Results 1 to 9 of 9

Math Help - One last Diff Eq

  1. #1
    Newbie
    Joined
    Jun 2008
    Posts
    19

    Post One last Diff Eq

    y' = -2(3y +4)

    It is separable im lost in how to get the answer,

    y = -4/3 + Ce^-6x

    I tried and made it to dy = (-6y - 8)dx but im unsure as how to get my dy/y for 6lny sigh now im really getting confused. Anyone feel free to shed some light on the case in point.
    Follow Math Help Forum on Facebook and Google+

  2. #2
    Eater of Worlds
    galactus's Avatar
    Joined
    Jul 2006
    From
    Chaneysville, PA
    Posts
    3,001
    Thanks
    1
    Write as

    \frac{dy}{dx}+6y=-8

    The integrating factor is e^{\int 6dx}=e^{6x}

    \frac{d}{dx}[e^{6x}y]=-8e^{6x}

    Integrate:

    \int\frac{d}{dx}[e^{6x}y]=-8\int e^{6x}dx

    e^{6x}y=\frac{-4}{3}e^{6x}+C

    \boxed{y=\frac{-4}{3}+Ce^{-6x}}
    Follow Math Help Forum on Facebook and Google+

  3. #3
    Newbie
    Joined
    Feb 2008
    Posts
    13
    \frac{dy}{-6y-8}=dx

    Integrating both sides yields

    -\frac 1 6 \ln(-6y-8)=x+C_1

    Exponentiating:

    -6y-8=C_2e^{-6x} where C_2=e^{-6C_1}

    And finally:

    y=Ce^{-6x}-\frac 4 3 where C=-\frac{C_2}{6}
    Follow Math Help Forum on Facebook and Google+

  4. #4
    Newbie
    Joined
    Jun 2008
    Posts
    19
    Quote Originally Posted by cyph1e View Post
    \frac{dy}{-6y-8}=dx

    Integrating both sides yields

    -\frac 1 6 \ln(-6y-8)=x+C_1

    Exponentiating:

    -6y-8=C_2e^{-6x} where C_2=e^{-6C_1}

    And finally:

    y=Ce^{-6x}-\frac 4 3 where C=-\frac{C_2}{6}

    Ahh that makes an little more sense Good Work!
    Follow Math Help Forum on Facebook and Google+

  5. #5
    Forum Admin topsquark's Avatar
    Joined
    Jan 2006
    From
    Wellsville, NY
    Posts
    9,933
    Thanks
    336
    Awards
    1
    Quote Originally Posted by vodka View Post
    y' = -2(3y +4)
    galactus' (and cyph1e's) solution is much simpler and much shorter, but I think separation of variables in this case is quite instructive:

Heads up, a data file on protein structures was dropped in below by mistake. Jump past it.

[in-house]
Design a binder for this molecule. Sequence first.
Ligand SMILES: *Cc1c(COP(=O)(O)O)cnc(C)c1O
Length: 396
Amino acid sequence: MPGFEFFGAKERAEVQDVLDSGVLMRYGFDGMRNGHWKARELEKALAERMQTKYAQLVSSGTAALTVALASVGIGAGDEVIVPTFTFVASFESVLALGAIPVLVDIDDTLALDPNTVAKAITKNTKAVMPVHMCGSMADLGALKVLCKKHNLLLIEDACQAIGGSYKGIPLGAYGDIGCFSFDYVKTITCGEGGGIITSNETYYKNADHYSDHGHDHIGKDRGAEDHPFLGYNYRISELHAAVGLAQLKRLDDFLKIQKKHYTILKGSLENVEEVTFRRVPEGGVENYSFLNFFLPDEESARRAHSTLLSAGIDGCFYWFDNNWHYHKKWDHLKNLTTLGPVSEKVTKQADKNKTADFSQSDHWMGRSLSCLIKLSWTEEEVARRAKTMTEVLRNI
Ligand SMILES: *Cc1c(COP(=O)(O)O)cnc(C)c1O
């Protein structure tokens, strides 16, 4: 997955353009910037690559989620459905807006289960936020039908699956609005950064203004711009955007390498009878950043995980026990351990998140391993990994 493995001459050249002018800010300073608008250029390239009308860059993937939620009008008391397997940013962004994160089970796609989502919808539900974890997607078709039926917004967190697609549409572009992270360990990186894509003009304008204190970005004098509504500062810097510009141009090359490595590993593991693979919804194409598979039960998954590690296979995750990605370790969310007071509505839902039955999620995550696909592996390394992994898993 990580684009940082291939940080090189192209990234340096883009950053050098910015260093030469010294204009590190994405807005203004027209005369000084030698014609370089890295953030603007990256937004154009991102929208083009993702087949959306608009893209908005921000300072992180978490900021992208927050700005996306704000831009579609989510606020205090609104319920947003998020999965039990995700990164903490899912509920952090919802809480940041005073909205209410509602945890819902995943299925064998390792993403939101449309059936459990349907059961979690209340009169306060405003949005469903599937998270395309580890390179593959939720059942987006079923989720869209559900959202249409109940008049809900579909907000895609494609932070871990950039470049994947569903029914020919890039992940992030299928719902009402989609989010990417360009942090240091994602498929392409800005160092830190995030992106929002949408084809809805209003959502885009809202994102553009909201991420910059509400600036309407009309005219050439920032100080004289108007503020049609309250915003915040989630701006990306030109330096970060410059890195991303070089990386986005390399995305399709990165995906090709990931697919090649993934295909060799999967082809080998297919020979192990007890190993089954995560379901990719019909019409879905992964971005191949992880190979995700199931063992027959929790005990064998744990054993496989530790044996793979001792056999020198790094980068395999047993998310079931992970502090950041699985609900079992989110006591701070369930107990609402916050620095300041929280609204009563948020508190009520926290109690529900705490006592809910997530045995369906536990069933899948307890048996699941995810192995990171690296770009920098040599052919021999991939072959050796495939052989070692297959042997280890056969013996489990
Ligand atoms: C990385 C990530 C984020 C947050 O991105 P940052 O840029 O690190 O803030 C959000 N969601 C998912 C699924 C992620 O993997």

y' = -2(3y + 4)

    dy = -2(3y + 4)~dx

    \frac{dy}{3y + 4} = -2~dx
    (or you could keep the -2 with the y's. It makes no difference.)

    \int \frac{dy}{3y + 4} = -2 \int dx

    Now to integrate the left hand side.

    Let u = 3y + 4 \implies du = 3~dy

    So
    \int \frac{dy}{3y + 4} = \int \frac{du}{3u} = \frac{1}{3}ln|u| = \frac{1}{3}ln | 3y + 4 |

    So
    \int \frac{dy}{3y + 4} = -2 \int dx

    \frac{1}{3}ln | 3y + 4 | = -2x + A
    (A is my undetermined constant.)

    ln | 3y + 4 | = -6x + 3A

    | 3y + 4 | = e^{-6x + 3A}

    | 3y + 4 | = e^{3A}e^{-6x}

    Now e^{3A} is just a (positive) undetermined constant. Let's call this B.

    | 3y + 4 | = Be^{-6x}

    The way to deal with the absolute value bars is to split this into two equations:
    3y + 4 = Be^{-6x}
    and
    3y + 4 = -Be^{-6x}

    Since B is an undetermined (positive) constant anyway, let's say that we can have B be any constant (positive or negative) and just write this as one equation:
    3y + 4 = Ce^{-6x}

    y = -\frac{4}{3} + Ce^{-6x}

    -Dan
    Follow Math Help Forum on Facebook and Google+

  6. #6
    Eater of Worlds
    galactus's Avatar
    Joined
    Jul 2006
    From
    Chaneysville, PA
    Posts
    3,001
    Thanks
    1
    but I think separation of variables in this case is quite instructive
    That is what I thought. That is why I used the integrating factor instead of SOV. Apparently vodka didn't appreciate it, so I deleted it. Last time I answer a question by that poster.
    Follow Math Help Forum on Facebook and Google+

  7. #7
    Newbie
    Joined
    Feb 2008
    Posts
    13
    Quote Originally Posted by galactus View Post
    That is what I thought. That is why I used the integrating factor instead of SOV. Apparently vodka didn't appreciate it, so I deleted it. Last time I answer a question by that poster.
    Even if he didn't appreciate it, please don't delete your post. It was a nice solution and other people viewing this thread might learn from it.
    Follow Math Help Forum on Facebook and Google+

  8. #8
    Eater of Worlds
    galactus's Avatar
    Joined
    Jul 2006
    From
    Chaneysville, PA
    Posts
    3,001
    Thanks
    1
    A bogaboo of mine is posters who thank one while shunning the other. It may be trifling, but that is how I see it.
    Follow Math Help Forum on Facebook and Google+

  9. #9
    Forum Admin topsquark's Avatar
    Joined
    Jan 2006
    From
    Wellsville, NY
    Posts
    9,933
    Thanks
    336
    Awards
    1
    I have used my phenomenal cosmic powers to restore galactus' post. My reason is that other users can benefit from seeing the solution if they look up this thread. As I think galactus' solution was not only perfectly acceptable, but efficient and clearly explained I feel it should be included in this thread. (No offense to cyph1e's solution which I think is just as good.)

    -Dan
    Follow Math Help Forum on Facebook and Google+

Similar Math Help Forum Discussions

  1. Diff Eq. x' = t * cos(t)
    Posted in the Differential Equations Forum
    Replies: 3
    Last Post: April 2nd 2010, 05:16 PM
  2. Diff eq IVP
    Posted in the Differential Equations Forum
    Replies: 2
    Last Post: December 10th 2009, 01:05 PM
  3. diff eqn, sin(2x).
    Posted in the Differential Equations Forum
    Replies: 2
    Last Post: March 12th 2009, 09:30 AM
  4. diff eq help
    Posted in the Differential Equations Forum
    Replies: 1
    Last Post: January 25th 2009, 01:16 PM
  5. diff eq help
    Posted in the Calculus Forum
    Replies: 0
    Last Post: March 31st 2008, 03:41 PM

Search Tags


/mathhelpforum @mathhelpforum